Letter from John Polstra & Peggy Means to Land Bank

John Polstra and Peggy Means
1585 Channel Rd.
Lopez Island, WA 98261

November 27, 2016

San Juan County Land Bank
350 Court St. #6
Friday Harbor, WA 98250

To the Commissioners of the San Juan County Land Bank:

We write to express our opposition to the purchase of the Clure property on Lopez Island by the Land Bank. Providing a public access corridor to the beach along San Juan Channel would have a severe impact on the wildlife in the area, would greatly increase the risk of wildfires, would promote the erosion of the fragile bluff, would lead to rampant trespassing on private property, and would rob the property owners in the area of a significant portion of the value of their homes and properties.

The San Juan Channel tidelands are fundamentally different from the other public lands on Lopez Island in a way that makes widespread public access inappropriate. Existing public areas, such as Iceberg Point, Shark Reef Sanctuary, Watmough Bight, and Lopez Hill, are geographically contained and/or isolated in a way that minimizes their impact on the neighboring properties. Each of them adjoins a very small number of private properties. Furthermore, their boundaries with private properties are generally in deep forest and far removed from the pathways used by the public. That is not the case with the San Juan Channel tidelands. Every inch of that narrow beach runs right along somebody’s back yard. There are approximately 28 separate private parcels along the waterfront between the Clure property and Rock Point, and every one of them would be directly and negatively impacted by increased foot traffic along the beach.

As a practical matter, visitors to the beach will be trespassing constantly on the private property of the people who live along this beach. The public tidelands here are quite narrow except when the tide is very low, and around high tide the public tidelands are often completely submerged. Visitors do not know where the public tidelands end and private property begins, and there is no way to mark the boundary between the two. At many points, the higher tides reach all the way to the foot of the bluff, making egress without trespassing impossible. Visitors who find their exit route cut off by rising tides will inevitably trespass on private paths, through private properties, to private roads. It would be grossly irresponsible of the Land Bank to facilitate mass trespassing on the private property of the numerous residents who live along the 2-mile stretch of beach.

The bluff along this beach is sandy and extremely vulnerable to erosion. Even one child clambering up the slope can cause landslides and erosion that persist for years. We personally have seen this happen, and the effects are both lasting and regrettable.

In the past two years, San Juan County has implemented a new Critical Area Ordinance which designates a wide swath of the private property along the shoreline as a buffer zone. Property owners are prohibited from using this land in any significant way. Yet now the Land Bank proposes to open up this critical area to potentially thousands of visitors who neither know nor care about the rules in place. This makes no sense. If it is a critical area, then the County should treat it as such—not invite hoards of tourists to trample on it.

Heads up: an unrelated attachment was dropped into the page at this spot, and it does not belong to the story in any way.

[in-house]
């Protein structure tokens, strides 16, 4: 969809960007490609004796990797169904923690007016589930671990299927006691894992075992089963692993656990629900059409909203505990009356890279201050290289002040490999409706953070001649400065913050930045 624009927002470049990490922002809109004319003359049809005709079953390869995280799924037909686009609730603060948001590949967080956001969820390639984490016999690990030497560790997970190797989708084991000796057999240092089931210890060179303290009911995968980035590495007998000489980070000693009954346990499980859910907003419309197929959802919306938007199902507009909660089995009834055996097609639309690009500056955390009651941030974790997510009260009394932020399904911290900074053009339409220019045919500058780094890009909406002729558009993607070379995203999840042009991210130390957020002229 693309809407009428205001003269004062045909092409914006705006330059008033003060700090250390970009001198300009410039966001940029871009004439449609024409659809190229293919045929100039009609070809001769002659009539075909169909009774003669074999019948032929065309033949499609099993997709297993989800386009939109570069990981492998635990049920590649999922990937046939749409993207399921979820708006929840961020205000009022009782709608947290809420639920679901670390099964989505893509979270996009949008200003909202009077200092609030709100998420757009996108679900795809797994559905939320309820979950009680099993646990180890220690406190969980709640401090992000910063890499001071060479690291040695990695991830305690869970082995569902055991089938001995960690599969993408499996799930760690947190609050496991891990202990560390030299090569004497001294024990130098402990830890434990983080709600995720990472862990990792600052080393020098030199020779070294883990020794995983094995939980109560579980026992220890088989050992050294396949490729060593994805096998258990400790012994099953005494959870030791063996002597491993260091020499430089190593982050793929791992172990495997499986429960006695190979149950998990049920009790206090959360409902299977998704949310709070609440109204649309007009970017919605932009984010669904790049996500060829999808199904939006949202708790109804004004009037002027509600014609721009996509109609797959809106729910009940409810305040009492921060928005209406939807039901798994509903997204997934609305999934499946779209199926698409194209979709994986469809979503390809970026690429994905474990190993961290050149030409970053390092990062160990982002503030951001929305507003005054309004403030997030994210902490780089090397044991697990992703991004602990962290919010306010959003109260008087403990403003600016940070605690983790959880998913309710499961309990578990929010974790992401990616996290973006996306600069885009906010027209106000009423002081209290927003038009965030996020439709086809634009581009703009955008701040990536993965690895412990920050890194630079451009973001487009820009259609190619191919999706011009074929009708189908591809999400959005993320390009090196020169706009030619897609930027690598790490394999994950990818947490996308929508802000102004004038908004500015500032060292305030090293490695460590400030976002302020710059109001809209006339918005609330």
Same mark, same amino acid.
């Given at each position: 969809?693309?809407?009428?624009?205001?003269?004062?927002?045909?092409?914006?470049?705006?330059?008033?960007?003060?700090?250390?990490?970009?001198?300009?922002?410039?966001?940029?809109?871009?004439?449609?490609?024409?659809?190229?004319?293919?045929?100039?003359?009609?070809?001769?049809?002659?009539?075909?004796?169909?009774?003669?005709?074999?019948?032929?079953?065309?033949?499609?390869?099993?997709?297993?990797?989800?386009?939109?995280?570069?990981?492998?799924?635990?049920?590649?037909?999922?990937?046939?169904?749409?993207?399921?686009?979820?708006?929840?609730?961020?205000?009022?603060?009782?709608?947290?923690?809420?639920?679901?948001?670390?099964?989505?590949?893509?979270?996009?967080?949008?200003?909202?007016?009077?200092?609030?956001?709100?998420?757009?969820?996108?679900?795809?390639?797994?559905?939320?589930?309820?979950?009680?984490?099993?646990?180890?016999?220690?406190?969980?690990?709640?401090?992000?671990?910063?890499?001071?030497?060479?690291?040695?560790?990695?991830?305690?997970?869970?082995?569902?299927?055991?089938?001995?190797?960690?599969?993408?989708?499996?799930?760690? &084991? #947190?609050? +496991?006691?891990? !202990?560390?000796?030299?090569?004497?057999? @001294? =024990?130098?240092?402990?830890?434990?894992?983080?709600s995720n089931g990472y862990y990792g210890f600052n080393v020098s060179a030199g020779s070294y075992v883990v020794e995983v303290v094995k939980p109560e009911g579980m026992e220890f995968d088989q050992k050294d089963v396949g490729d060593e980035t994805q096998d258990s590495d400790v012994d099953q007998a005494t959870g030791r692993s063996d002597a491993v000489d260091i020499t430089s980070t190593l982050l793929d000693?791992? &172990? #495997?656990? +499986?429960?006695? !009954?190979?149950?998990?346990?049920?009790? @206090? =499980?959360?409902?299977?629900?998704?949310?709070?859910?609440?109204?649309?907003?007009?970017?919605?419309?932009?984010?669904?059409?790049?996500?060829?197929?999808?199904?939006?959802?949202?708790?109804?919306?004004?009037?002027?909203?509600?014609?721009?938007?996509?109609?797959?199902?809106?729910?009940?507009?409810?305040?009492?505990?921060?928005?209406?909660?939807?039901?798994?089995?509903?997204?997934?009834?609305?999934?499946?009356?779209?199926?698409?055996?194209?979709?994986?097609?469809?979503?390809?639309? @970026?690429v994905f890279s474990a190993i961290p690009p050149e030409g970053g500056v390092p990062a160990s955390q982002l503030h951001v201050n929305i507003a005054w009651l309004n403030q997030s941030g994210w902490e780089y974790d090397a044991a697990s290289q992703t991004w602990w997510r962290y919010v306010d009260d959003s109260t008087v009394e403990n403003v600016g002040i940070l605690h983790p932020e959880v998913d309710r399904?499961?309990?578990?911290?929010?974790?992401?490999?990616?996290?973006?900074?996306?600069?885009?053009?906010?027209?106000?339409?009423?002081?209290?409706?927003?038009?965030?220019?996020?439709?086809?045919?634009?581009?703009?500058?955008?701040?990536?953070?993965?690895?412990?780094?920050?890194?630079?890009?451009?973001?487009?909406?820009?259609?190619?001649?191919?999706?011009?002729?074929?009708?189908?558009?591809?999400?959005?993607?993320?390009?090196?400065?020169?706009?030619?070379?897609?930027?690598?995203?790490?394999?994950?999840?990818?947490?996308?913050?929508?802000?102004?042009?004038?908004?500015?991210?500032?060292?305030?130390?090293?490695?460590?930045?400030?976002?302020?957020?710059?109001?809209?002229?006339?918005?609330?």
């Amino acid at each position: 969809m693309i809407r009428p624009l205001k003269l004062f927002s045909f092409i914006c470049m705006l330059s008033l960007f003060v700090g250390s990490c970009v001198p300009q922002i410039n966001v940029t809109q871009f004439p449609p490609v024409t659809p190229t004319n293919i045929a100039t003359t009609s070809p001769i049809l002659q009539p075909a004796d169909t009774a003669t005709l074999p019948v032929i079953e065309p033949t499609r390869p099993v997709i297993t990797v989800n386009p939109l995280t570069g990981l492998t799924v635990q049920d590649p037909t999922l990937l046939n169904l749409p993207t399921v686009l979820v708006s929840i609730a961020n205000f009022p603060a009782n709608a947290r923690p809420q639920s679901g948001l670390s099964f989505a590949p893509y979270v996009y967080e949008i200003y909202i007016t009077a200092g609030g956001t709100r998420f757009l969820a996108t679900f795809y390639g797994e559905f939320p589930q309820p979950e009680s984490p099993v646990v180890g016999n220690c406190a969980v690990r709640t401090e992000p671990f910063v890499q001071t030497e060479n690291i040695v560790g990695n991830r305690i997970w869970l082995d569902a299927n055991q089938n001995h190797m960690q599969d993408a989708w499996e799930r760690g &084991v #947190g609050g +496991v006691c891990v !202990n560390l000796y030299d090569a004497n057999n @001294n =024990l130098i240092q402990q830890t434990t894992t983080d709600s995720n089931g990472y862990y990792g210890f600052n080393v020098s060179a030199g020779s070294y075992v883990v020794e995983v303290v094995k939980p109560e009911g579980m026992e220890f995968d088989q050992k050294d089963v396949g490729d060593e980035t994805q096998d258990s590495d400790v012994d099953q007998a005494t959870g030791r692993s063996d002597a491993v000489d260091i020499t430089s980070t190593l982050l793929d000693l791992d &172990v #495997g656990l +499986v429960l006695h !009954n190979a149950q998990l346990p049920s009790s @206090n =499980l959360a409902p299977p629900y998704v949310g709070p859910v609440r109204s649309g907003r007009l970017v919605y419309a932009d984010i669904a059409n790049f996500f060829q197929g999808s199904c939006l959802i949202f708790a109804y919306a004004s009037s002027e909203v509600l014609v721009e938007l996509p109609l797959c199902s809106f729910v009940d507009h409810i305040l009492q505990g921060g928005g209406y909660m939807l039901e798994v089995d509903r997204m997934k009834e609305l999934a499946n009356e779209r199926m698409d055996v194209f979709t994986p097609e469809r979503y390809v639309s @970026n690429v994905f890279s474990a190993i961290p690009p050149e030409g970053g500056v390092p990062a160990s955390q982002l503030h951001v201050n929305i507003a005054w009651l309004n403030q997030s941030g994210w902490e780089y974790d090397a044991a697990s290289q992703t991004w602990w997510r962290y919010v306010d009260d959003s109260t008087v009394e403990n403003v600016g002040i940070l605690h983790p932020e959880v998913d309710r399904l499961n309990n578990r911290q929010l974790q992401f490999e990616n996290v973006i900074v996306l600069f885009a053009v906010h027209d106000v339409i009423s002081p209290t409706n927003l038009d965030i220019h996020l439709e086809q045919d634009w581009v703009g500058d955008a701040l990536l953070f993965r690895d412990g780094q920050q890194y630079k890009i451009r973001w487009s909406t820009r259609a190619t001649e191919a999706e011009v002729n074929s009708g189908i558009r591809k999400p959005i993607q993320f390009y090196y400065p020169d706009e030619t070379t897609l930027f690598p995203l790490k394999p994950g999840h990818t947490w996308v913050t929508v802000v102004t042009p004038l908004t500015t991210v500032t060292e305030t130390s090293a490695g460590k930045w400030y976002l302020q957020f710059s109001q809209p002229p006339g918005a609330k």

Another serious concern we have is the fire danger you would create by opening up public access to this beach. The bluff here is covered with flammable vegetation, including trees both alive and dead, grasses, and other flammable plants. During the summer dry season, it would only take one careless visitor to light a disastrous wildfire. Visitors can be expected to set off fireworks around the fourth of July and to light beach bonfires at other times. It would be very difficult to put out a fire on this bluff. Access for firefighters, from below or from above, is virtually impossible. A fire would most likely burn the entire bluff, leading to landslides and erosion that would threaten all of the homes at the top.

Those of us who live along this shoreline watched Goose Island burn for weeks in the summer of 2015. Firefighters were not able to put out that fire on a tiny, relatively flat island. Yet, putting out the Goose Island fire would have been much easier than fighting a fire on our bluff along San Juan Channel. Those of us who invested our life savings into buying our homes here chose this neighborhood partly because of its quiet, private beach. The beach was an advertised feature of the properties we bought, and because of it, we had to pay substantially more money for our properties. Now the Land Bank proposes to take that away from us without any compensation for the lost value. That is unfair. If, as the Land Bank apparently believes, the proposed access will benefit the public at large, then why must just a few private parties absorb all of the loss?

Finally, we are dismayed that the Land Bank has gone forward with this so stealthily, without even notifying those of us who would be most directly impacted by it. Discussing the proposal with the people who live here should have been step one of the process. Instead, we found out about it only from an article on the Lopez Rocks website. We view that as a serious breach of faith, and we sincerely hope for more responsible behavior from the commissioners of the Land Bank in the future.

Sincerely yours,
John Polstra and Peggy Means

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